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Harmonic Oscillation Energy

  1. Feb 21, 2004 #1
    Consider a simple harmonic oscillator. Calculate the time averages of the kinetic and potential energies over one cycle, and show that these quantities are equal. Next, calculate the space averages of the kinetic and potential energies.

    I'm completely confused about these terms. Time average? Space average?

    I do know that, with SHM, the equation of motion is -kx=ma, and w(omega)^2=k/m. The equation of motion becomes a+(w^2)x=0. The solution for this equation is x(t)=Asin(wt-delta). I used this x value for kinetic energy, (1/2)mv^2.

    Sub in w^2=k/m,

    For potential energy,

    Then, I found total energy, E=T+U.

    The question cites that the average is over one cycle, which makes me think I should incorporate period, or frequency. Period=2pi*square root (m/k). I don't know where I'm going with this. I might have just done a bunch of superfluous calculations.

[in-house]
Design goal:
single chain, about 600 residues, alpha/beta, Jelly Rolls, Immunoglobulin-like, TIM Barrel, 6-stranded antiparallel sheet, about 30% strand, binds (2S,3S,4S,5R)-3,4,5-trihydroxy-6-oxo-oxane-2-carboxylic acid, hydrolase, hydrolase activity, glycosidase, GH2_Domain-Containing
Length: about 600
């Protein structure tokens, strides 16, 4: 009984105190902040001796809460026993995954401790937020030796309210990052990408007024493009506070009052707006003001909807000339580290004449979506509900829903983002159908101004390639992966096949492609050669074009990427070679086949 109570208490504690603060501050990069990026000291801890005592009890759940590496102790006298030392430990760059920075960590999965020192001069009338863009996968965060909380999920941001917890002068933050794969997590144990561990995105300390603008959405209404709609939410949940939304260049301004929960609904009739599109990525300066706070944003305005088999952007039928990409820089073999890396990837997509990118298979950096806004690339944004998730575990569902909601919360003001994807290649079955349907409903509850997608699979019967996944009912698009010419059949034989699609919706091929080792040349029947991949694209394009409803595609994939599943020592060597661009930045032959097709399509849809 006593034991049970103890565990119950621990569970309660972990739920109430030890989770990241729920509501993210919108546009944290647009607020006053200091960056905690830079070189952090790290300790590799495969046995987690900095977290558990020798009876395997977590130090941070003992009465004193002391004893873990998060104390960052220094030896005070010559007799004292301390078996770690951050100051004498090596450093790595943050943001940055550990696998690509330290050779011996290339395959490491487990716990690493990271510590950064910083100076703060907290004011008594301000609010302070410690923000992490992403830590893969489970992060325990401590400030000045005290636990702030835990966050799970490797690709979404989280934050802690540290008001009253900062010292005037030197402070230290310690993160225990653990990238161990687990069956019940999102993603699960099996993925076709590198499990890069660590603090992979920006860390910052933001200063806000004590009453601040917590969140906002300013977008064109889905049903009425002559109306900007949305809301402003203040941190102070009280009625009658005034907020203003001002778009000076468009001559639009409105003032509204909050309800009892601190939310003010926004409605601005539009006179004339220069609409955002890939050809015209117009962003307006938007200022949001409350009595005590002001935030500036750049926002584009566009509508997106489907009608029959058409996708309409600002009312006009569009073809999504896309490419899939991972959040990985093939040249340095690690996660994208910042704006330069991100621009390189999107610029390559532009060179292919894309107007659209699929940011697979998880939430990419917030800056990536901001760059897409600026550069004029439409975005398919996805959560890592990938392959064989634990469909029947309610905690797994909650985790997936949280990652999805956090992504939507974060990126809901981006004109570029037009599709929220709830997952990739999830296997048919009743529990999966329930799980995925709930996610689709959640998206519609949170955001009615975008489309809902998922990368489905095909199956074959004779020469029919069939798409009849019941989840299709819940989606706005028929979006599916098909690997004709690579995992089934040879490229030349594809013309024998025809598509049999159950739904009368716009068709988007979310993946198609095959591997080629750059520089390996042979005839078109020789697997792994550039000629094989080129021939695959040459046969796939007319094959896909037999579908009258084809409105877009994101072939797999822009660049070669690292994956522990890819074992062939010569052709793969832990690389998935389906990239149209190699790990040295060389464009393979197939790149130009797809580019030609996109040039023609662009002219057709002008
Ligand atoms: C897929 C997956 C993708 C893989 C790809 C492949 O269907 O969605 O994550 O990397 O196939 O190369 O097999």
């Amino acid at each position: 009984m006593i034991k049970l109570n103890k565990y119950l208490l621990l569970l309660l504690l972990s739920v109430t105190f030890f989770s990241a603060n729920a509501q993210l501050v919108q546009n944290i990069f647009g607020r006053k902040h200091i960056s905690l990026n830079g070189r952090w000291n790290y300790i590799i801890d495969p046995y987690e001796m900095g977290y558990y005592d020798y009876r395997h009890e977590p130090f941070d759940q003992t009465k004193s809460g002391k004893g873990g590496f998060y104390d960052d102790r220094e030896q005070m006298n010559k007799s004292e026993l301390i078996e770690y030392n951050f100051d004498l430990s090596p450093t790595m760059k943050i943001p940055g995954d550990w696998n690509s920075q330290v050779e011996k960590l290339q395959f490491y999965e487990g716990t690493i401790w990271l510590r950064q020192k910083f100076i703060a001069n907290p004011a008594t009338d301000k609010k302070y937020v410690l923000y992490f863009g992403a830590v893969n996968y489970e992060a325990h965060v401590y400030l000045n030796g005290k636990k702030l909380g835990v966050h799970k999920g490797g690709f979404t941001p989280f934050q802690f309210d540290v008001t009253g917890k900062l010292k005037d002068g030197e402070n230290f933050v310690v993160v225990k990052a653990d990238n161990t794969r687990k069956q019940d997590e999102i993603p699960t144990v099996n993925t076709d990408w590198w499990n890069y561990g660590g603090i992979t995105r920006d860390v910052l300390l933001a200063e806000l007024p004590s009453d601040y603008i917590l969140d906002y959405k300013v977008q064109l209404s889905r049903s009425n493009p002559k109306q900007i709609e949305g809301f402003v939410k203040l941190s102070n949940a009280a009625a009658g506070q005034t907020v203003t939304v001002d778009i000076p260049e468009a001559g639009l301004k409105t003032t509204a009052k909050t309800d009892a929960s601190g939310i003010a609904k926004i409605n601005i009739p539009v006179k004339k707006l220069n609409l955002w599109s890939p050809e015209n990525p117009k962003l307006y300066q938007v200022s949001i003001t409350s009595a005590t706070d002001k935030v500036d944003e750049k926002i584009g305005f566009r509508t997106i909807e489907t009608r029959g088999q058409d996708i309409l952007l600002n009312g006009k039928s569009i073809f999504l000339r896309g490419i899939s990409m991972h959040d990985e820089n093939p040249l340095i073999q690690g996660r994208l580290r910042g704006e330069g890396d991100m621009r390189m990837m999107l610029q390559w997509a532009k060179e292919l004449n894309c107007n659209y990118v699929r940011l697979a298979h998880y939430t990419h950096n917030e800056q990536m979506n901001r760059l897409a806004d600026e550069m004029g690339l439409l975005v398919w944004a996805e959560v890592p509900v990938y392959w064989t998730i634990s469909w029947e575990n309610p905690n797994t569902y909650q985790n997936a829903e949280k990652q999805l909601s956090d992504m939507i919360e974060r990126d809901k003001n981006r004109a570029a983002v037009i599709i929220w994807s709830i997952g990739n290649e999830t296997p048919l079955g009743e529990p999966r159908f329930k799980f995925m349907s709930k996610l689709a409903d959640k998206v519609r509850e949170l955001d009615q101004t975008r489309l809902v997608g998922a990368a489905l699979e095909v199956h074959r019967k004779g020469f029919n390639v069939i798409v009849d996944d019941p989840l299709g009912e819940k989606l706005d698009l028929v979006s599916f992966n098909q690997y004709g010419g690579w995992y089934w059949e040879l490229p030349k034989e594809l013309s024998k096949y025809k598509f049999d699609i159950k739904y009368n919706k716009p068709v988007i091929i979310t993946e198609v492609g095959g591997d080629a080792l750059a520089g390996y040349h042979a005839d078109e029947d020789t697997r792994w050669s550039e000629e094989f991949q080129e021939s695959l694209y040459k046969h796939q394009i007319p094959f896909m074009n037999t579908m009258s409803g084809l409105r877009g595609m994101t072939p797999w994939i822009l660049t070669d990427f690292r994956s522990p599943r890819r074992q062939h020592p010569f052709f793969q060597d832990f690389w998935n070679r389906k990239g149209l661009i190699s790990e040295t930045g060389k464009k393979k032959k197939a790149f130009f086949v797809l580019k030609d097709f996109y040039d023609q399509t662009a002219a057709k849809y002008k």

The answer for the time average is T=U=(m*A^2*w^2)/4. And the space average is U=(1/2)T=(m*A^2*w^2)/6. Actually, if someone could even explain what the question is asking for, it would be a great help.

    Thank you so much!!
  2. jcsd
  3. Feb 21, 2004 #2
    I imagine that the only difference between the time average and the space average would be the method used to get them. This means that we can either find the energy as a function of time and average it over a period or find the energy as a function of space and average it over the path taken in one cycle.

    Also, note that the question does not ask for the total energy. It asks you to compare exclusively kinetic and exclusively potential average energies. In order to do that, you need to calculate the average value of each of these two. So here's a question: how would you find the average value of a random function? Was there a way you could do it that you learned in calculus class?

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